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Monday, April 25, 2016

Research Shows Lottery Winners Often End Up Bankrupt


How is it possible for people to blow through millions, or even billions of dollars?

It is counterintuitive that people who win the lottery or inherit tremendous amounts of money will end up bankrupt and yet, according to research studies, that is precisely what frequently occurs. When people win the lottery, their lives are changed forever, and often not for the better. Once the initial exhilaration wears off, typically within a few months, a new reality sets in and it is one that can be difficult to adjust to and manage.

Although the odds of winning the lottery are, as we're all well aware, extremely slim (something around 1 in 292 million), there are lessons to be learned from those who handle sudden wealth badly and suffer the consequences.  Some problems associated with acquiring sudden wealth, whether through winning the lottery or by other means, may be unpreparedness and susceptibility.
Read more . . .


Thursday, March 31, 2016

Consumer Fraud Protection Bureau Wins $173 Million in Case Against Bankruptcy Debt Scammer

When it comes to debt relief, there are good guys and bad guys. Unfortunately, the number of scammers entrenched in the debt relief industry is growing, and well-meaning Americans are facing disastrous consequences for working with so-called “credit counselors” and “consolidation specialists” -- all of whom are out to make a quick buck.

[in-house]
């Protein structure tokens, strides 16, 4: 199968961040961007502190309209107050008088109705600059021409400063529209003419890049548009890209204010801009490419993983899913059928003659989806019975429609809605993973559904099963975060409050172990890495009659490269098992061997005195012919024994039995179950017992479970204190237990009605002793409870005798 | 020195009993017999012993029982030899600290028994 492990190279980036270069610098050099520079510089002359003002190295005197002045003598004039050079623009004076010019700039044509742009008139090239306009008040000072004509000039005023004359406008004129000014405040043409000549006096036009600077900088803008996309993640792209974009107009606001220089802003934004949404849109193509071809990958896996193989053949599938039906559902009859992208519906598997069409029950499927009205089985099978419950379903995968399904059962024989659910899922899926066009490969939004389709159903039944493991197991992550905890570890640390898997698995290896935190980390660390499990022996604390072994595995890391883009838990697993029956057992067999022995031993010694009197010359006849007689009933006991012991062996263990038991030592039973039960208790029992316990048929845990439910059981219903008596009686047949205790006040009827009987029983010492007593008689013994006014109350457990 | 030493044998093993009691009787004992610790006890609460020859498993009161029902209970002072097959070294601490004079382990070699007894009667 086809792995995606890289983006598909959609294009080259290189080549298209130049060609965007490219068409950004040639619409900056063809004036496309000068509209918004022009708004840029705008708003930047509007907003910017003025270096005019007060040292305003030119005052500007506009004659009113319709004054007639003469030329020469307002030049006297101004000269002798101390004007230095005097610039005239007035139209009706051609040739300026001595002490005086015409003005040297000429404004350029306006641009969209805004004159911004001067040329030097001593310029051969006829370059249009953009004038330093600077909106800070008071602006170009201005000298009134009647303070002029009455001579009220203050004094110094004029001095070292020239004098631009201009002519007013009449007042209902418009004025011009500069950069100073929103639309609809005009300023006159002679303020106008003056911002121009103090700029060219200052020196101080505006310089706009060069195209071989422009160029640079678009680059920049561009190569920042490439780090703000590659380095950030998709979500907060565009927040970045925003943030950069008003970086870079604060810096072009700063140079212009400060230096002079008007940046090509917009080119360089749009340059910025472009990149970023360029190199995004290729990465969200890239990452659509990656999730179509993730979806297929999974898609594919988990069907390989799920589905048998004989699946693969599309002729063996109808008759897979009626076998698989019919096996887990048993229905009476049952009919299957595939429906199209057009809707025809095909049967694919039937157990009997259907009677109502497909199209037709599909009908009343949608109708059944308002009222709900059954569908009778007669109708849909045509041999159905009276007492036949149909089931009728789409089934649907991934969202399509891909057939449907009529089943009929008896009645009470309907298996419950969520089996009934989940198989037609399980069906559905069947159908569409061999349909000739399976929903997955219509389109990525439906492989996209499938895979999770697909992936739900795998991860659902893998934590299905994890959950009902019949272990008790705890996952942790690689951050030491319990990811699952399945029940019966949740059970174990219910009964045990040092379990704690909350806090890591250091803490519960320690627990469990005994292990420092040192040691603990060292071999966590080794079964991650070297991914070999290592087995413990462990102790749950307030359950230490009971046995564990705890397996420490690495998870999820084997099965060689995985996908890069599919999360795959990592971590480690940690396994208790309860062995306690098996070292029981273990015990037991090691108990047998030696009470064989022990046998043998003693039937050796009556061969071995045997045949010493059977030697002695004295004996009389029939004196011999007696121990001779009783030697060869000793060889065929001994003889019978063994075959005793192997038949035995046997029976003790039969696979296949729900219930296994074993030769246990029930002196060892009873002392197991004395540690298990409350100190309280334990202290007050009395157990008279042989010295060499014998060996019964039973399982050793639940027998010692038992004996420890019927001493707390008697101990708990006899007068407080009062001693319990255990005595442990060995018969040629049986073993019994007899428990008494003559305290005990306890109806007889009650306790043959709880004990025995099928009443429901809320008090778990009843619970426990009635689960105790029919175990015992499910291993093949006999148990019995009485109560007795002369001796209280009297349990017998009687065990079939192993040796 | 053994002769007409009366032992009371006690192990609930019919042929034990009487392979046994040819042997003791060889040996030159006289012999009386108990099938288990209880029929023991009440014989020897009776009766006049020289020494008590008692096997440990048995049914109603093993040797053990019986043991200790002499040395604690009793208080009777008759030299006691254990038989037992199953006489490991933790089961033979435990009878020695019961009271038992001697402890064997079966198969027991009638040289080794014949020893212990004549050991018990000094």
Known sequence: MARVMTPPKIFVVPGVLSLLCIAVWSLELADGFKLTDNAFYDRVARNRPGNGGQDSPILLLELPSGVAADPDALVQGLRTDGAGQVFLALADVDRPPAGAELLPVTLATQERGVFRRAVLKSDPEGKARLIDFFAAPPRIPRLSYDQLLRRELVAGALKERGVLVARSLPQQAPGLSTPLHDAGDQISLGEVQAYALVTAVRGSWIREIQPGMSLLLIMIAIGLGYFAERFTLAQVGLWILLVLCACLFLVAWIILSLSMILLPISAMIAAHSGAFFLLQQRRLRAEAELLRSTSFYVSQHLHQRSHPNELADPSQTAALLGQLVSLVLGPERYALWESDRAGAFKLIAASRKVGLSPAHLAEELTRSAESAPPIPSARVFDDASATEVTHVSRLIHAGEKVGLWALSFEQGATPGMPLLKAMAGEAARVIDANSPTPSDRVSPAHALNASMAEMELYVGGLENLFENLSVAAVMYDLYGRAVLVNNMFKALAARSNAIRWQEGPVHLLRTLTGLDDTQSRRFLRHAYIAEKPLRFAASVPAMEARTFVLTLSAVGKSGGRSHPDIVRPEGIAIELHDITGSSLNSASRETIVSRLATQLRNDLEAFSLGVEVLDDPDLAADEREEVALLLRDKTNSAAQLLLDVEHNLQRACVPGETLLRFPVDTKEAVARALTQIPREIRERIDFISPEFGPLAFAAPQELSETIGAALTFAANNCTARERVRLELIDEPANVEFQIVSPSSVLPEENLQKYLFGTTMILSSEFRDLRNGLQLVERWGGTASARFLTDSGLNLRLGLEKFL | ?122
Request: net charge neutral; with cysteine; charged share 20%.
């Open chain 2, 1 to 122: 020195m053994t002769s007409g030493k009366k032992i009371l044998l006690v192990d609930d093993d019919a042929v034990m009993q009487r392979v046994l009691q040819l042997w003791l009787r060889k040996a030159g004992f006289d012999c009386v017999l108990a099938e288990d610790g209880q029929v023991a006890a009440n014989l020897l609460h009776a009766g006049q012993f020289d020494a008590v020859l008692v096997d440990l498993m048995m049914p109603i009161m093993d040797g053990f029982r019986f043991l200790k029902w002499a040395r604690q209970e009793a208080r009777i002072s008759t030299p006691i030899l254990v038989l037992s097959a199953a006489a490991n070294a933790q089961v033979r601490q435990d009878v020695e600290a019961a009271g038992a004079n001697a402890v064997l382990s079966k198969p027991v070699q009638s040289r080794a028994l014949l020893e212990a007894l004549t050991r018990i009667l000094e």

As practitioners of bankruptcy law, we know the options available to consumers -- and we are here to help. However, as one recent case points out, many debtors -- unaware of their choices -- turn to unscrupulous con artists for help with their fledgling financial situation, only to end up worse off than when they started.

Earlier this month, the federal Consumer Financial Protection Bureau (CFPB) reigned victorious over one such “debt relief” company, referred to in pleadings as “Morgan Drexen.” And, the verdict is hardly one to scoff at: $173 million.

According to the details of the lawsuit, Morgan Drexen offered clients “bankruptcy” services -- promising to help debtors avoid bankruptcy, or to minimize their exposure once the process began. However, Morgan Drexen performed “little to no” work on the clients’ files, and is even alleged to have falsified bankruptcy pleadings on clients’ behalf.

In essence, struggling debtors relied on the services of this “debt relief” company, and were ultimately taken advantage of in the process. If you are facing a difficult financial situation, the best resource is an experienced bankruptcy attorney that can offer realistic advice and reasonable solutions. As always, if it sounds too good to be true, it probably is.

For anyone defrauded by Morgan Drexen, the CFPB promises to forward letters to all former clients explaining their options moving forward. The letters will contain information as to whether certain debts have been repaid (or not) and what debtors need to do to rectify the situation.